The reason software companies would want to certify their product's COO as a designated country is so they could sell their software to the US Government. The main problem is that competitors (or whistleblowers) can sue under the False Claims Act. Significant damages can be awarded if the court finds the COO is not correct.
Now the companies that want to label their software COO as a designated country can get a better chance at either defending such claims or getting a binding ruling from CBP. These companies are scrambling to hire law firms to determine if the advisory ruling can help, to seek a binding ruling from CBP, and to otherwise gather evidence to use to back COO claims. I consulted for BlankRome LLP to help them with just such a task. In particular, I examined their client's software development processes to help determine whether and how they fit the template, and to see what evidence there is to claim that the software product is "Made in the USA" despite the fact that much of the software, in terms of source code, has been written in China. While the details of my engagement (who, what, how) are covered by an NDA, I can give some high-level intuition on the issue.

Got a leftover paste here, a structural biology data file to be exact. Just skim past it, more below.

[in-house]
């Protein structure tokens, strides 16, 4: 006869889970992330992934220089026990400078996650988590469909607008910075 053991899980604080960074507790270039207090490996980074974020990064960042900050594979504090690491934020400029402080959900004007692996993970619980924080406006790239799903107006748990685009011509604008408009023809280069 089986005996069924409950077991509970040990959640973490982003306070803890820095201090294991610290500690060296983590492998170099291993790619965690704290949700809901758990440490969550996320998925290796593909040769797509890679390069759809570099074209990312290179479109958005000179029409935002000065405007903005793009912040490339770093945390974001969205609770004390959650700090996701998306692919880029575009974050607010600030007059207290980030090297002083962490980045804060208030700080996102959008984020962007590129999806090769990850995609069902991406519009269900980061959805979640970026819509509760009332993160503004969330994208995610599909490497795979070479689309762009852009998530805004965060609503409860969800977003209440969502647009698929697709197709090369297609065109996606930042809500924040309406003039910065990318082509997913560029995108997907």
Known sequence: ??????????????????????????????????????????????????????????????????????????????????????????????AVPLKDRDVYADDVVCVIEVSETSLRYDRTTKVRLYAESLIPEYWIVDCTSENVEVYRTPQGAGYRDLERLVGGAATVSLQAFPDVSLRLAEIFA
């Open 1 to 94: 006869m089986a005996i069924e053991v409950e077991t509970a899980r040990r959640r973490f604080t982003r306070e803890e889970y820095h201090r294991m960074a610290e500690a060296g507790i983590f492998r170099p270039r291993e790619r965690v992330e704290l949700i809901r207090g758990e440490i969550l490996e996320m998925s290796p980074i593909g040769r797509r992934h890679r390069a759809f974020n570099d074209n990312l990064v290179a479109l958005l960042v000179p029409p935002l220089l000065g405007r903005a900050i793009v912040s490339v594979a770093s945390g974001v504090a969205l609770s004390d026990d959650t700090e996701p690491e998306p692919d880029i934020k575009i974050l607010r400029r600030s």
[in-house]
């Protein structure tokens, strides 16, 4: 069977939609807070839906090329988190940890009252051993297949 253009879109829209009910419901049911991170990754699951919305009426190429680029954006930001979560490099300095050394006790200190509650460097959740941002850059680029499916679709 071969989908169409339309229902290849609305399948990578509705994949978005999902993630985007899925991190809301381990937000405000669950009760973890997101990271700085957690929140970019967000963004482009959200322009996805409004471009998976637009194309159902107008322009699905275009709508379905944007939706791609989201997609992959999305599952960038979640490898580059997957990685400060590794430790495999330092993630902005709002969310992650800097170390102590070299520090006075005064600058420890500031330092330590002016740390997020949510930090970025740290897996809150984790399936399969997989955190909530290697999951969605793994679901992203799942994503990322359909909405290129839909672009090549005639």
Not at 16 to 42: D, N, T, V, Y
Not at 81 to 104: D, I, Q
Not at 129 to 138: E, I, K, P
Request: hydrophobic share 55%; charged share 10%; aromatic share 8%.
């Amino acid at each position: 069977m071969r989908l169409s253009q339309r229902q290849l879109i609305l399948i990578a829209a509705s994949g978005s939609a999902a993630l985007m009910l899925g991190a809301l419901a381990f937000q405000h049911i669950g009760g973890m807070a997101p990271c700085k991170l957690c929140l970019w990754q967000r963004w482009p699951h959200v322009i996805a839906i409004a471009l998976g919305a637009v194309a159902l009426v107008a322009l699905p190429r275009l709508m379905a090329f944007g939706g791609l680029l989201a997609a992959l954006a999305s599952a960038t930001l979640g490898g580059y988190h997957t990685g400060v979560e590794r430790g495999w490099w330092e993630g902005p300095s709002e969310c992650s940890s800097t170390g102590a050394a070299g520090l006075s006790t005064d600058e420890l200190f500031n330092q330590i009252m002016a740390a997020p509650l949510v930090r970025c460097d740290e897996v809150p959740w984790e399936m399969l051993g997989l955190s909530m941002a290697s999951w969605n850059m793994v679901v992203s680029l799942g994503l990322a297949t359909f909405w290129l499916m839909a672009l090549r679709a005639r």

At first blush, it seems counter-intuitive that the bulk of software can be written in one country, while the end product claims to be another. The defensible stance, however, is to claim that the creativity and human knowledge required to make the software comes out of the design, requirements specifications, and testing/validation. The key seems to be that experts in the US should be involved in making decisions both about how the software is written and in selecting the code modules to use.